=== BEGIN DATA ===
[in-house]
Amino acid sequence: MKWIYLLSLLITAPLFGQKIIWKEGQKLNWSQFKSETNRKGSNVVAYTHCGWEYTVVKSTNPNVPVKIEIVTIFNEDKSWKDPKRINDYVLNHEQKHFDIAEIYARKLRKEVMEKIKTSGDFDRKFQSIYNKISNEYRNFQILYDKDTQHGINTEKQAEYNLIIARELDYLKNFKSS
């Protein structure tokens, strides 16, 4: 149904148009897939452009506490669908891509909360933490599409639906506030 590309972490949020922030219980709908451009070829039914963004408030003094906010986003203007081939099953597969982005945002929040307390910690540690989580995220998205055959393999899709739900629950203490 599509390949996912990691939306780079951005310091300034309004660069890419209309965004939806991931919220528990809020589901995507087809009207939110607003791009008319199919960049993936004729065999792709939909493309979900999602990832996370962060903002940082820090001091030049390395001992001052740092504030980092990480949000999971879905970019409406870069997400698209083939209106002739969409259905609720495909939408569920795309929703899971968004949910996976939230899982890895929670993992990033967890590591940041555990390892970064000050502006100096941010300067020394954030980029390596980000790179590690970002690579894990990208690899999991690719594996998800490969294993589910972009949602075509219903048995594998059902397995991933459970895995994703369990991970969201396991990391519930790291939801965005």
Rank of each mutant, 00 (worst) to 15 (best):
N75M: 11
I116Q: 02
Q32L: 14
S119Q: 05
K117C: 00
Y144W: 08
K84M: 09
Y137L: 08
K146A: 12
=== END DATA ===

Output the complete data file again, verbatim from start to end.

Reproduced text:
[in-house]
Amino acid sequence: MKWIYLLSLLITAPLFGQKIIWKEGQKLNWSQFKSETNRKGSNVVAYTHCGWEYTVVKSTNPNVPVKIEIVTIFNEDKSWKDPKRINDYVLNHEQKHFDIAEIYARKLRKEVMEKIKTSGDFDRKFQSIYNKISNEYRNFQILYDKDTQHGINTEKQAEYNLIIARELDYLKNFKSS
């Protein structure tokens, strides 16, 4: 149904148009897939452009506490669908891509909360933490599409639906506030 590309972490949020922030219980709908451009070829039914963004408030003094906010986003203007081939099953597969982005945002929040307390910690540690989580995220998205055959393999899709739900629950203490 599509390949996912990691939306780079951005310091300034309004660069890419209309965004939806991931919220528990809020589901995507087809009207939110607003791009008319199919960049993936004729065999792709939909493309979900999602990832996370962060903002940082820090001091030049390395001992001052740092504030980092990480949000999971879905970019409406870069997400698209083939209106002739969409259905609720495909939408569920795309929703899971968004949910996976939230899982890895929670993992990033967890590591940041555990390892970064000050502006100096941010300067020394954030980029390596980000790179590690970002690579894990990208690899999991690719594996998800490969294993589910972009949602075509219903048995594998059902397995991933459970895995994703369990991970969201396991990391519930790291939801965005």
Rank of each mutant, 00 (worst) to 15 (best):
N75M: 11
I116Q: 02
Q32L: 14
S119Q: 05
K117C: 00
Y144W: 08
K84M: 09
Y137L: 08
K146A: 12